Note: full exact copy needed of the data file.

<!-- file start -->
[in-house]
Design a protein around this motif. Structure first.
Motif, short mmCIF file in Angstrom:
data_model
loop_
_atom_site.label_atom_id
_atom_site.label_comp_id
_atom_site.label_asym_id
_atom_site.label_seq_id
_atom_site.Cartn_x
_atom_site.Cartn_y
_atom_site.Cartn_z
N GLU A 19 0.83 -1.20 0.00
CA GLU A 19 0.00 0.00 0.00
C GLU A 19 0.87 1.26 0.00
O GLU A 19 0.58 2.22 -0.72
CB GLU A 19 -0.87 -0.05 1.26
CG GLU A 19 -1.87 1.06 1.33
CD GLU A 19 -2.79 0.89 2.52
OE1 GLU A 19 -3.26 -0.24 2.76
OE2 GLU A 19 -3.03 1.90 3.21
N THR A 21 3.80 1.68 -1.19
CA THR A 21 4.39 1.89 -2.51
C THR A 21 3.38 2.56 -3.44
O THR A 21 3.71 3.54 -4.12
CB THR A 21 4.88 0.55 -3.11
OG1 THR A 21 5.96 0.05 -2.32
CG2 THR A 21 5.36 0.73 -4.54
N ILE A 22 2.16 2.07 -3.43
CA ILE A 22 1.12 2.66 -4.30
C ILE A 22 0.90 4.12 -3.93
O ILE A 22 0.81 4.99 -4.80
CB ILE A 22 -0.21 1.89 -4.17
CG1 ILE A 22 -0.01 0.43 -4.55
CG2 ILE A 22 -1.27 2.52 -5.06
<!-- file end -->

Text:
[in-house]
Design a protein around this motif. Structure first.
Motif, short mmCIF file in Angstrom:
data_model
loop_
_atom_site.label_atom_id
_atom_site.label_comp_id
_atom_site.label_asym_id
_atom_site.label_seq_id
_atom_site.Cartn_x
_atom_site.Cartn_y
_atom_site.Cartn_z
N GLU A 19 0.83 -1.20 0.00
CA GLU A 19 0.00 0.00 0.00
C GLU A 19 0.87 1.26 0.00
O GLU A 19 0.58 2.22 -0.72
CB GLU A 19 -0.87 -0.05 1.26
CG GLU A 19 -1.87 1.06 1.33
CD GLU A 19 -2.79 0.89 2.52
OE1 GLU A 19 -3.26 -0.24 2.76
OE2 GLU A 19 -3.03 1.90 3.21
N THR A 21 3.80 1.68 -1.19
CA THR A 21 4.39 1.89 -2.51
C THR A 21 3.38 2.56 -3.44
O THR A 21 3.71 3.54 -4.12
CB THR A 21 4.88 0.55 -3.11
OG1 THR A 21 5.96 0.05 -2.32
CG2 THR A 21 5.36 0.73 -4.54
N ILE A 22 2.16 2.07 -3.43
CA ILE A 22 1.12 2.66 -4.30
C ILE A 22 0.90 4.12 -3.93
O ILE A 22 0.81 4.99 -4.80
CB ILE A 22 -0.21 1.89 -4.17
CG1 ILE A 22 -0.01 0.43 -4.55
CG2 ILE A 22 -1.27 2.52 -5.06